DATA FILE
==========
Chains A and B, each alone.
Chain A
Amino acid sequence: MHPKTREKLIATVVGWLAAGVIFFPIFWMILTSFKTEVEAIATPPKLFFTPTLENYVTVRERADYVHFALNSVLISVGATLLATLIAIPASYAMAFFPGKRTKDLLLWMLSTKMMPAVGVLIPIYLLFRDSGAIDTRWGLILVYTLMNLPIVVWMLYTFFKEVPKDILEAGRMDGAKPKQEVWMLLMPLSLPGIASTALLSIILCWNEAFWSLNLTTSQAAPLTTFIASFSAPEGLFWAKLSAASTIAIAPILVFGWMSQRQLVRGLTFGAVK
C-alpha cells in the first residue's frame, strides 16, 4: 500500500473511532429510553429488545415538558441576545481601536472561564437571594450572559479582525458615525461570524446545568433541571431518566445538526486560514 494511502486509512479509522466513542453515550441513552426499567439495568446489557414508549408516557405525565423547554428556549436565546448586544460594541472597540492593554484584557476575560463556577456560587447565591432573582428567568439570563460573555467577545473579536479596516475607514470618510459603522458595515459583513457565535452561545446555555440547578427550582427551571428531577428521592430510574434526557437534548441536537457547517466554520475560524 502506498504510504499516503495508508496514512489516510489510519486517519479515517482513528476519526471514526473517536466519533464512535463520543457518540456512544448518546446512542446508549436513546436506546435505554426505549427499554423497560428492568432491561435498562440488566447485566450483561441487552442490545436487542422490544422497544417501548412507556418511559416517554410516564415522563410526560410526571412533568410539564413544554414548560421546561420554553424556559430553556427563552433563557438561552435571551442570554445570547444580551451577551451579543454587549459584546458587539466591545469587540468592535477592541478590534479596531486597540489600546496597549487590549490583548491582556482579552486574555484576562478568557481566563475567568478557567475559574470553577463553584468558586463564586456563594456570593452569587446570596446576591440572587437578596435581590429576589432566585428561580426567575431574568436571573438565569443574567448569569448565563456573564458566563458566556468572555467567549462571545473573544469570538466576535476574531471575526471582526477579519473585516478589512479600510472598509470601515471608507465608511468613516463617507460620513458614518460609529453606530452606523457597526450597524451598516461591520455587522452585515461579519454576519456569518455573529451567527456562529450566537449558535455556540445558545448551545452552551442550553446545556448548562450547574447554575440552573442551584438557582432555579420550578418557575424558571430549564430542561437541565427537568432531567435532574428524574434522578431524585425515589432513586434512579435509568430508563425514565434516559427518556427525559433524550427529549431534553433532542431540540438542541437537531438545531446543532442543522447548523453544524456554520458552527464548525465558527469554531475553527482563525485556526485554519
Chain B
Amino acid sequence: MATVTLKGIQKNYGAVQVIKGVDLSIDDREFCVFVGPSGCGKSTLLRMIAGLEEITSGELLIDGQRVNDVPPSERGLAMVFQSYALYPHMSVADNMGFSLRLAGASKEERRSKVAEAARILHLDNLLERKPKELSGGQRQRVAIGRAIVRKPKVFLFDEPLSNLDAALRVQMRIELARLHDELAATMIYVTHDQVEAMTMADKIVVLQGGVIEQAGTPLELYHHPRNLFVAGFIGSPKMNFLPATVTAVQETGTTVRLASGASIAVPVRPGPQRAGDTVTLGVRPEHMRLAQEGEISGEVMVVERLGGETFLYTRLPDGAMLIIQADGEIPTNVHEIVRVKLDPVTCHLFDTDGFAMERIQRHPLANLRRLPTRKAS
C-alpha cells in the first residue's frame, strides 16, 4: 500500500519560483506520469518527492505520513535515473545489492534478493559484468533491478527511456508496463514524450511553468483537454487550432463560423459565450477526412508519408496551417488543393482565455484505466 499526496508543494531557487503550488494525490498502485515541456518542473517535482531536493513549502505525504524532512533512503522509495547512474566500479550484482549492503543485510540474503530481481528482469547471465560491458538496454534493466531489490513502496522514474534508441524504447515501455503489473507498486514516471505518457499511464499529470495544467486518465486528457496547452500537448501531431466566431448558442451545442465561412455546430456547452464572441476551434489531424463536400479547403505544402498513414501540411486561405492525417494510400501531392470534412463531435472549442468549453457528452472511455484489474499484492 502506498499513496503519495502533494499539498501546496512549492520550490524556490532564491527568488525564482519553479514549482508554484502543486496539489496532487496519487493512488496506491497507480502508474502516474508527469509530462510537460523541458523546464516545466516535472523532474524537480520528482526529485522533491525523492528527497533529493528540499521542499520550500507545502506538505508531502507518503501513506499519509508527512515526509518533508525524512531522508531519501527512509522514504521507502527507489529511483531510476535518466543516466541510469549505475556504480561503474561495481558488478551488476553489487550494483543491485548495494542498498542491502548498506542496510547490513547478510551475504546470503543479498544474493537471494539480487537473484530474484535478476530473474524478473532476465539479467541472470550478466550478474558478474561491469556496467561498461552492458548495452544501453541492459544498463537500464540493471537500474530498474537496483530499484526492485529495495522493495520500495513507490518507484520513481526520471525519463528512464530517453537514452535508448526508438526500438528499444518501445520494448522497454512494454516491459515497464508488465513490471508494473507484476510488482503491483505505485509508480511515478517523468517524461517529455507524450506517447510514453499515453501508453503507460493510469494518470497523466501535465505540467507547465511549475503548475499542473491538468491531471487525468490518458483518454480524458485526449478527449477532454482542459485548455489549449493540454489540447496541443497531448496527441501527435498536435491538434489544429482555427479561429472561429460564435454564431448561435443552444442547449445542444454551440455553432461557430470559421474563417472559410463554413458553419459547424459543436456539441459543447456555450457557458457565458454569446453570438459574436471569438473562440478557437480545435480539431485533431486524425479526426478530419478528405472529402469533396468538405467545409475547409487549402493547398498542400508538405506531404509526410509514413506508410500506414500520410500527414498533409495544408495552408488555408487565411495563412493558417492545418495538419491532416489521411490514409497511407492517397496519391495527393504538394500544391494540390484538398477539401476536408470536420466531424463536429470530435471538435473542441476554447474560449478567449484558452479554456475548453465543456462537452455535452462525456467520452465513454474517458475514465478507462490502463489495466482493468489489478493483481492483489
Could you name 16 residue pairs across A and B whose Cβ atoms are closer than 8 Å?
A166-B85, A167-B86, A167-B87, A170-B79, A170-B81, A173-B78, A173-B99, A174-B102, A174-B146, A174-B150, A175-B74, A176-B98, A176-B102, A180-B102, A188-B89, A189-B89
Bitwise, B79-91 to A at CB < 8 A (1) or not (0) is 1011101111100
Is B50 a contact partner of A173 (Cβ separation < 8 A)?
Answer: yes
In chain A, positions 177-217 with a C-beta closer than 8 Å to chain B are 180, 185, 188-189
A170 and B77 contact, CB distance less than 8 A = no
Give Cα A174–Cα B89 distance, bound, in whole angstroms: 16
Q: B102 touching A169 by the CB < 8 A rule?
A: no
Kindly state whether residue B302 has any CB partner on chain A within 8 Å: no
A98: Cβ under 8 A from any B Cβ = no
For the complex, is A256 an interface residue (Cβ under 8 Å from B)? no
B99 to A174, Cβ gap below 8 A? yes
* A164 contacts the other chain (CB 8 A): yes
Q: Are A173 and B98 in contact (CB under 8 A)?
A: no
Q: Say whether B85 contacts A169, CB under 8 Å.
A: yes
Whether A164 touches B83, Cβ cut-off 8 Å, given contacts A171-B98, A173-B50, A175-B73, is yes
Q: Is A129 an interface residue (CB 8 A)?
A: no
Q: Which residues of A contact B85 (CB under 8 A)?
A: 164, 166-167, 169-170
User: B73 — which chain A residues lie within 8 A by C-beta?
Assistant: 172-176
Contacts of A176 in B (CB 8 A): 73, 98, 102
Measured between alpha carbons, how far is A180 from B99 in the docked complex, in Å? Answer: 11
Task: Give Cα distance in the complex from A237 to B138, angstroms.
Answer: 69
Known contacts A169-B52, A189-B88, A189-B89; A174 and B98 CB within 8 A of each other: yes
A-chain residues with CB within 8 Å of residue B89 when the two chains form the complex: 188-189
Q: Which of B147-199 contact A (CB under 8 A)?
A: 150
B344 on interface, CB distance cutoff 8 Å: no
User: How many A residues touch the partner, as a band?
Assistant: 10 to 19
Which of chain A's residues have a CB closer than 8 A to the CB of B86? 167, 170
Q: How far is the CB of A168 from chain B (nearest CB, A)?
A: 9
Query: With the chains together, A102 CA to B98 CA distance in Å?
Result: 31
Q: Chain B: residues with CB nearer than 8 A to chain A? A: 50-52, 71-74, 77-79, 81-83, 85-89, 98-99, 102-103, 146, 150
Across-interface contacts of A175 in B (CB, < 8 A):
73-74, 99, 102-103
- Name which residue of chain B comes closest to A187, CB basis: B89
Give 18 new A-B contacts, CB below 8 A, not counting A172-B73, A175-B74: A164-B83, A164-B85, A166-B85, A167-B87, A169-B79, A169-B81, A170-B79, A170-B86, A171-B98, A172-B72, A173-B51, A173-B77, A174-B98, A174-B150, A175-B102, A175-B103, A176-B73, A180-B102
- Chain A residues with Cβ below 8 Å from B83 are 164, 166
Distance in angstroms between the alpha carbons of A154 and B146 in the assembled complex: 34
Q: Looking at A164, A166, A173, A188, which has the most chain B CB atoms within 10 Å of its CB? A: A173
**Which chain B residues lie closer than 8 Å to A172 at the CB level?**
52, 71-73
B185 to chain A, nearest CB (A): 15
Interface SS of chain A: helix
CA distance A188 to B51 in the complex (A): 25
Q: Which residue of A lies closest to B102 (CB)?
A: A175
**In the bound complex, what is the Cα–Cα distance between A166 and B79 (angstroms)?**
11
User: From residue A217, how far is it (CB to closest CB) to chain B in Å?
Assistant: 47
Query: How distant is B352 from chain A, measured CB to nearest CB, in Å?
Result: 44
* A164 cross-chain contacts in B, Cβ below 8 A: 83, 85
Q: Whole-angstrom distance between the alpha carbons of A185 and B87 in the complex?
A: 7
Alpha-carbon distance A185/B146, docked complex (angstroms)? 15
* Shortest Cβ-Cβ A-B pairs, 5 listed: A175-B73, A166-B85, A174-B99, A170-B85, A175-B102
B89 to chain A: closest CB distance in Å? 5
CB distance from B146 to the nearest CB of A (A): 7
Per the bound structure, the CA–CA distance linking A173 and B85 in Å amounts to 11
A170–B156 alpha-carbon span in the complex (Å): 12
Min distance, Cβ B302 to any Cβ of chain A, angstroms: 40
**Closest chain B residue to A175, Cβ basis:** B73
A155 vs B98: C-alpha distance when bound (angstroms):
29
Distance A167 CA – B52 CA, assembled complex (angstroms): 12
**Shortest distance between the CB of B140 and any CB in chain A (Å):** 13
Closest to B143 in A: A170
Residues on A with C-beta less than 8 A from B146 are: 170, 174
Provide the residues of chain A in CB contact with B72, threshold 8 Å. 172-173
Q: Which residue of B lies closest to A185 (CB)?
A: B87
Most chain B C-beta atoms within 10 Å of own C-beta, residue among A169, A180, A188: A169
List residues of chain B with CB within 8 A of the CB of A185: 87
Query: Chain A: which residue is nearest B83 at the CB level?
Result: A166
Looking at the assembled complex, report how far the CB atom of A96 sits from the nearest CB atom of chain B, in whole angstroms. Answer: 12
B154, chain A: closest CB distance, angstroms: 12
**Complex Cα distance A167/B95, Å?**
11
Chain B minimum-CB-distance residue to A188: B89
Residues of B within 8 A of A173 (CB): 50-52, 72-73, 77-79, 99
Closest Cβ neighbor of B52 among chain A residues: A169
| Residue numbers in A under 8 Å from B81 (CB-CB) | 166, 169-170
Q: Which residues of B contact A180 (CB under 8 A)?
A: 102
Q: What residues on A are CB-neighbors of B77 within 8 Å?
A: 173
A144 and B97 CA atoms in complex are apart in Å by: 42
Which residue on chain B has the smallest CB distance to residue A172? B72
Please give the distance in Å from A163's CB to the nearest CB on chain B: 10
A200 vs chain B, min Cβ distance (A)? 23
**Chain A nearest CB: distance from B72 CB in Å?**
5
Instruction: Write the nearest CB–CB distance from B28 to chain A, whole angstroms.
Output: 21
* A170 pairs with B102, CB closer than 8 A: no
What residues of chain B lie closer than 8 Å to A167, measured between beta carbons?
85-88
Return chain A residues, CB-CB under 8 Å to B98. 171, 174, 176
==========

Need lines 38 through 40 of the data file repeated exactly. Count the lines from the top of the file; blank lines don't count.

Known contacts A169-B52, A189-B88, A189-B89; A174 and B98 CB within 8 A of each other: yes
A-chain residues with CB within 8 Å of residue B89 when the two chains form the complex: 188-189
Q: Which of B147-199 contact A (CB under 8 A)?